For several days around January 12, 2014, Earth will pass through a stream of fine-grained debris from Comet ISON. The resulting shower could have some interesting properties.

He went on to point out that the individual dust particles from Comet ISON are calculated to be only a few microns in size. That’s too small to produce meteors bright enough to be visible to the unaided eye. Although the dust particles are calculated to be hitting Earth’s atmosphere at a speed of 50+ km/s (more than 125,000 mph), the particles are so small that Earth’s upper atmosphere will rapidly slow them to a stop. Wiegert said:

Instead of burning up in a flash of light, they will drift gently down to the Earth below.

If that’s the case, we won’t see meteors from Comet ISON, but we might see what are called noctilucent clouds – also called night-shining clouds. They are icy clouds that glow electric-blue as they float more than 80 km above Earth’s poles. People at high latitudes see them a certain times of year, and they are also very beautiful.

What’s more, Wiegert said, the invisible rain of dust from Comet ISON, if it occurs, would be very slow. It might take months or even years for fine dust to settle out of the high atmosphere. Months or years or noctilucent clouds? In my book, that would be a fair trade for no meteor shower.

Chart via Robert Lunsford and the American Meteor Society.

If there is an ISON meteor shower, it’ll radiate from the constellation Leo, which is highest in the sky around 2 a.m. no matter where you are on Earth. Chart via Robert Lunsford and the American Meteor Society. Click here to read Lunsford’s article about meteors from Comet ISON.

What are the best dates to watch again? Robert Lunsford of the American Meteor Society said that January 15, 2014 was the best date to watch for possible meteors from Comet ISON. Paul Wiegert of the University of Western Ontario said “several days around January 12.” So you can see that there’s a lot of uncertainty here. If you really intend to watch, try January 12, 13, 14, and 15. What the heck? You probably won’t have clear skies on all of those nights, anyway.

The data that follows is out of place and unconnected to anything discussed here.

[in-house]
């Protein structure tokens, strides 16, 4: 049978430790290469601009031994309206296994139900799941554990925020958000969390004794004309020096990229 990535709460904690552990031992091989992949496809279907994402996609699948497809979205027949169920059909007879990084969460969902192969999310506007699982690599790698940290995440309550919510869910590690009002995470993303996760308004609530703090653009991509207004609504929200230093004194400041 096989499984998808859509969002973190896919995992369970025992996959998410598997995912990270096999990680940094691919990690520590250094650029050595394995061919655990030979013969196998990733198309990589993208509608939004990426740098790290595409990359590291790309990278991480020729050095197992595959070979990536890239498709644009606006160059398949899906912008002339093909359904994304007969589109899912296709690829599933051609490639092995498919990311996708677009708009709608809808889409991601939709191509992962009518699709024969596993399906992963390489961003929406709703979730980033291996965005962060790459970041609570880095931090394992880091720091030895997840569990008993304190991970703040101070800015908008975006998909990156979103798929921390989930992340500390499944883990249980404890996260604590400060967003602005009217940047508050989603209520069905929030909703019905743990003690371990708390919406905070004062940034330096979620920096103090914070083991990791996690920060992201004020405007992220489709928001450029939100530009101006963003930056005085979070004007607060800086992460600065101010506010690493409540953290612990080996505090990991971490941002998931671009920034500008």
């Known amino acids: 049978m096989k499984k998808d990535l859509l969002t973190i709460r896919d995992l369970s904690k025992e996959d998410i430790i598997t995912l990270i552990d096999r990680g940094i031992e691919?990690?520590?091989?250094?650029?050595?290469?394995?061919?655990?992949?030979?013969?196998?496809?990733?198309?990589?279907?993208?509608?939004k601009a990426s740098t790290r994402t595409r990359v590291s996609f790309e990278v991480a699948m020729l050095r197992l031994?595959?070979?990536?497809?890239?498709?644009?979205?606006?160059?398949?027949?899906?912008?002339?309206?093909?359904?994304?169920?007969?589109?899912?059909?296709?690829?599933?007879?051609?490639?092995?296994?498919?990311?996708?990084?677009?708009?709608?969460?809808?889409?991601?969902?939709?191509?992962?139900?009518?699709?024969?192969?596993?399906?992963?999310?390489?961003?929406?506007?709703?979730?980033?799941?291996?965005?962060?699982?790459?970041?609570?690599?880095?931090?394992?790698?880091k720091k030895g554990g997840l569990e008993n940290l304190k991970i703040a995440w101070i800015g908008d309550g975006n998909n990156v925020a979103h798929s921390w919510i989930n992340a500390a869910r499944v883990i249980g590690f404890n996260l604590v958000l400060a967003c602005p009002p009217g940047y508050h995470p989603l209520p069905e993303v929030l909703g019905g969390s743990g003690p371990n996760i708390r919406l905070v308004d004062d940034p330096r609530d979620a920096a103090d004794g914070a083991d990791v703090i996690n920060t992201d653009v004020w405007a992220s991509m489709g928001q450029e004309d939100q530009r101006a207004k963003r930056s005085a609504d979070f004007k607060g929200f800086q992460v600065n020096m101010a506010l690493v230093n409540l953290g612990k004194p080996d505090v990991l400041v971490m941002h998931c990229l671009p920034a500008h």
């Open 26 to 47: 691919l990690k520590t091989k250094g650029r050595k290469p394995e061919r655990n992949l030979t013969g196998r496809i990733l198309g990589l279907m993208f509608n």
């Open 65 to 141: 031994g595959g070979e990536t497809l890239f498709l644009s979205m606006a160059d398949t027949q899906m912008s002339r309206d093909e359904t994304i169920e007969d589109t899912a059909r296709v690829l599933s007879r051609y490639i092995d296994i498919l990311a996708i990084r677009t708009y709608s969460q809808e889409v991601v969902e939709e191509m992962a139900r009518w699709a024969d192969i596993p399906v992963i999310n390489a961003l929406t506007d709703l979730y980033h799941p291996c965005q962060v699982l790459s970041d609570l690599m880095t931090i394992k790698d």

Lunsford, who created the chart above, suggests that the radiant point for this possible meteor shower from Comet ISON would lie in the constellation Leo the Lion. Leo rises during early evening hours now and is highest in the sky near 2 a.m. local standard time (that’s around 2 a.m., no matter where you are on Earth).

If we do get a meteor shower from ISON, he wrote:

These meteors, if any, would strike the atmosphere at a speed of 51 km/second, which is a medium-fast meteor with an average duration of less than 1 second.

Good luck, you wild and crazy meteor-watcher, you!

Bottom line: We are unlikely to get a meteor shower from Comet ISON. But that won’t keep veteran meteor-watchers from trying to observe a possible shower. Best dates to watch are the nights from January 12-15, 2014. You can begin watching during the evening hours, but the radiant in the constellation Leo is highest in the sky around 2 a.m. no matter where you are on Earth. If we don’t get any meteors, it’s still possible we’ll have an increase in noctilucent or night-shining clouds, created in the dust left behind by Comet ISON.